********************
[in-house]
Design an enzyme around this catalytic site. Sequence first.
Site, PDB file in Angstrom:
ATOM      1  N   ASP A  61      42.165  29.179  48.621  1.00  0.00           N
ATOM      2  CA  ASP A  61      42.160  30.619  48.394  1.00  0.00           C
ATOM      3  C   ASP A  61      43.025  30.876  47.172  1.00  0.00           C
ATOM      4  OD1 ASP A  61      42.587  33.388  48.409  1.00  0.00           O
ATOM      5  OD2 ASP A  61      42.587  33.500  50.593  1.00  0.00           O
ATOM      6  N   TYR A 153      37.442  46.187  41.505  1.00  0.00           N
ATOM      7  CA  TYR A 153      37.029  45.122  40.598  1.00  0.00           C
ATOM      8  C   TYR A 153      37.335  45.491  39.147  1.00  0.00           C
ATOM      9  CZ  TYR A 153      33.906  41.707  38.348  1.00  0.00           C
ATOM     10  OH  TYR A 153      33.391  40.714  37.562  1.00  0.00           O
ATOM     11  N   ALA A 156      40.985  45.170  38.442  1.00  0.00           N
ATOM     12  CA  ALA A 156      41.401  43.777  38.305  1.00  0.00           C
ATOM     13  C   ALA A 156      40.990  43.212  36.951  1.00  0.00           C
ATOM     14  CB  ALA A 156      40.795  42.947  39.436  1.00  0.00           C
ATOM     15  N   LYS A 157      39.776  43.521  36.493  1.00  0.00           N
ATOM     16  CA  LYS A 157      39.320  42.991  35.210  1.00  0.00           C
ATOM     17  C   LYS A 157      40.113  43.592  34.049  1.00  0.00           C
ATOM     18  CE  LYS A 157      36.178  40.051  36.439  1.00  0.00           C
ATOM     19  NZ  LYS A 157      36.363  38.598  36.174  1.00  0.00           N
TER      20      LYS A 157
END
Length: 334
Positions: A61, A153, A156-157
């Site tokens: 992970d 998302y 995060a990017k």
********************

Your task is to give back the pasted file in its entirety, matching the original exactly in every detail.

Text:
[in-house]
Design an enzyme around this catalytic site. Sequence first.
Site, PDB file in Angstrom:
ATOM      1  N   ASP A  61      42.165  29.179  48.621  1.00  0.00           N
ATOM      2  CA  ASP A  61      42.160  30.619  48.394  1.00  0.00           C
ATOM      3  C   ASP A  61      43.025  30.876  47.172  1.00  0.00           C
ATOM      4  OD1 ASP A  61      42.587  33.388  48.409  1.00  0.00           O
ATOM      5  OD2 ASP A  61      42.587  33.500  50.593  1.00  0.00           O
ATOM      6  N   TYR A 153      37.442  46.187  41.505  1.00  0.00           N
ATOM      7  CA  TYR A 153      37.029  45.122  40.598  1.00  0.00           C
ATOM      8  C   TYR A 153      37.335  45.491  39.147  1.00  0.00           C
ATOM      9  CZ  TYR A 153      33.906  41.707  38.348  1.00  0.00           C
ATOM     10  OH  TYR A 153      33.391  40.714  37.562  1.00  0.00           O
ATOM     11  N   ALA A 156      40.985  45.170  38.442  1.00  0.00           N
ATOM     12  CA  ALA A 156      41.401  43.777  38.305  1.00  0.00           C
ATOM     13  C   ALA A 156      40.990  43.212  36.951  1.00  0.00           C
ATOM     14  CB  ALA A 156      40.795  42.947  39.436  1.00  0.00           C
ATOM     15  N   LYS A 157      39.776  43.521  36.493  1.00  0.00           N
ATOM     16  CA  LYS A 157      39.320  42.991  35.210  1.00  0.00           C
ATOM     17  C   LYS A 157      40.113  43.592  34.049  1.00  0.00           C
ATOM     18  CE  LYS A 157      36.178  40.051  36.439  1.00  0.00           C
ATOM     19  NZ  LYS A 157      36.363  38.598  36.174  1.00  0.00           N
TER      20      LYS A 157
END
Length: 334
Positions: A61, A153, A156-157
């Site tokens: 992970d 998302y 995060a990017k």